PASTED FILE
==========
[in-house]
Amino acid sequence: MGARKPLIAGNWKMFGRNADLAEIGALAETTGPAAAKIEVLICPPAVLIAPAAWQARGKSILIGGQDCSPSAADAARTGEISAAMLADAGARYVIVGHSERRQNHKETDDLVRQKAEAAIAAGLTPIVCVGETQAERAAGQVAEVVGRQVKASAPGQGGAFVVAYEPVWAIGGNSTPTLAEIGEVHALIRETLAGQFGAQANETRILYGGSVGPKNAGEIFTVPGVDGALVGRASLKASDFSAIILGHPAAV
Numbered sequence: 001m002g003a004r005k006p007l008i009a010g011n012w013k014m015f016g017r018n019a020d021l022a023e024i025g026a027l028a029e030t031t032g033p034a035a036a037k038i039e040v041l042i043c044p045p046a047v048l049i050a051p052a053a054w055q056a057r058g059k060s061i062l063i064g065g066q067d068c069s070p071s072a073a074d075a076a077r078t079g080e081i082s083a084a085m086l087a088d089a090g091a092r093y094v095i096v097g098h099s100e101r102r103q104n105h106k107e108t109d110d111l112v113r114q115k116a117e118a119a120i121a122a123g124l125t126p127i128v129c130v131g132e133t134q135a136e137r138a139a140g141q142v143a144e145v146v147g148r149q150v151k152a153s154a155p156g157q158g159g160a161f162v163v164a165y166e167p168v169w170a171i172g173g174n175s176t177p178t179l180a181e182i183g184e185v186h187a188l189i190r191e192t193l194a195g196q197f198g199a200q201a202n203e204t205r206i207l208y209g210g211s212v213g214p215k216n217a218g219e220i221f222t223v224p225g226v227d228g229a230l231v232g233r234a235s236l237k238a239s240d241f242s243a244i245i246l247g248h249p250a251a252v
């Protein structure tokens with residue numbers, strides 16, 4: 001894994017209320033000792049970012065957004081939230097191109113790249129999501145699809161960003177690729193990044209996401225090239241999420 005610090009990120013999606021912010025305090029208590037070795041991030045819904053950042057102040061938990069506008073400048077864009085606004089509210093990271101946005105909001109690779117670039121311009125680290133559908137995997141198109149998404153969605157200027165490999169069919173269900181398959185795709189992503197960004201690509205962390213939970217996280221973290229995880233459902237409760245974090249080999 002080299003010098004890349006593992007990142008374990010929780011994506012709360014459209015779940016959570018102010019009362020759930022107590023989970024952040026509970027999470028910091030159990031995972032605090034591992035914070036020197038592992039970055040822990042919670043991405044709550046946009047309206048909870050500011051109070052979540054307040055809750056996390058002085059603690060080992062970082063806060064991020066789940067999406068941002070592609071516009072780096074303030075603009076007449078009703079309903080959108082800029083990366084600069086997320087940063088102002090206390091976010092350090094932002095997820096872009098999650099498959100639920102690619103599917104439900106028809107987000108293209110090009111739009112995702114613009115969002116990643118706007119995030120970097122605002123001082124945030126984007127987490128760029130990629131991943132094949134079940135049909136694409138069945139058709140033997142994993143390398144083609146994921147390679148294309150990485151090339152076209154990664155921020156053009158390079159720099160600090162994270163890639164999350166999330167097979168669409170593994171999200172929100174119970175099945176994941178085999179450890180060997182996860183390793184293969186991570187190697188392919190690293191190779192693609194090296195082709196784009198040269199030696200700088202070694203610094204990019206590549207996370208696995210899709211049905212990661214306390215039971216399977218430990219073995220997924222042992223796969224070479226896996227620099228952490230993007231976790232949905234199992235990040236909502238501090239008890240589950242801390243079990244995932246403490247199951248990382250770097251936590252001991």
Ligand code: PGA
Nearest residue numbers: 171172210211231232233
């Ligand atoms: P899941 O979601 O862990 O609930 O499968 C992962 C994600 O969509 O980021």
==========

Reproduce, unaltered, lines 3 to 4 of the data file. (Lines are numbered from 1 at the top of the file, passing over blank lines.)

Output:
Numbered sequence: 001m002g003a004r005k006p007l008i009a010g011n012w013k014m015f016g017r018n019a020d021l022a023e024i025g026a027l028a029e030t031t032g033p034a035a036a037k038i039e040v041l042i043c044p045p046a047v048l049i050a051p052a053a054w055q056a057r058g059k060s061i062l063i064g065g066q067d068c069s070p071s072a073a074d075a076a077r078t079g080e081i082s083a084a085m086l087a088d089a090g091a092r093y094v095i096v097g098h099s100e101r102r103q104n105h106k107e108t109d110d111l112v113r114q115k116a117e118a119a120i121a122a123g124l125t126p127i128v129c130v131g132e133t134q135a136e137r138a139a140g141q142v143a144e145v146v147g148r149q150v151k152a153s154a155p156g157q158g159g160a161f162v163v164a165y166e167p168v169w170a171i172g173g174n175s176t177p178t179l180a181e182i183g184e185v186h187a188l189i190r191e192t193l194a195g196q197f198g199a200q201a202n203e204t205r206i207l208y209g210g211s212v213g214p215k216n217a218g219e220i221f222t223v224p225g226v227d228g229a230l231v232g233r234a235s236l237k238a239s240d241f242s243a244i245i246l247g248h249p250a251a252v
């Protein structure tokens with residue numbers, strides 16, 4: 001894994017209320033000792049970012065957004081939230097191109113790249129999501145699809161960003177690729193990044209996401225090239241999420 005610090009990120013999606021912010025305090029208590037070795041991030045819904053950042057102040061938990069506008073400048077864009085606004089509210093990271101946005105909001109690779117670039121311009125680290133559908137995997141198109149998404153969605157200027165490999169069919173269900181398959185795709189992503197960004201690509205962390213939970217996280221973290229995880233459902237409760245974090249080999 002080299003010098004890349006593992007990142008374990010929780011994506012709360014459209015779940016959570018102010019009362020759930022107590023989970024952040026509970027999470028910091030159990031995972032605090034591992035914070036020197038592992039970055040822990042919670043991405044709550046946009047309206048909870050500011051109070052979540054307040055809750056996390058002085059603690060080992062970082063806060064991020066789940067999406068941002070592609071516009072780096074303030075603009076007449078009703079309903080959108082800029083990366084600069086997320087940063088102002090206390091976010092350090094932002095997820096872009098999650099498959100639920102690619103599917104439900106028809107987000108293209110090009111739009112995702114613009115969002116990643118706007119995030120970097122605002123001082124945030126984007127987490128760029130990629131991943132094949134079940135049909136694409138069945139058709140033997142994993143390398144083609146994921147390679148294309150990485151090339152076209154990664155921020156053009158390079159720099160600090162994270163890639164999350166999330167097979168669409170593994171999200172929100174119970175099945176994941178085999179450890180060997182996860183390793184293969186991570187190697188392919190690293191190779192693609194090296195082709196784009198040269199030696200700088202070694203610094204990019206590549207996370208696995210899709211049905212990661214306390215039971216399977218430990219073995220997924222042992223796969224070479226896996227620099228952490230993007231976790232949905234199992235990040236909502238501090239008890240589950242801390243079990244995932246403490247199951248990382250770097251936590252001991």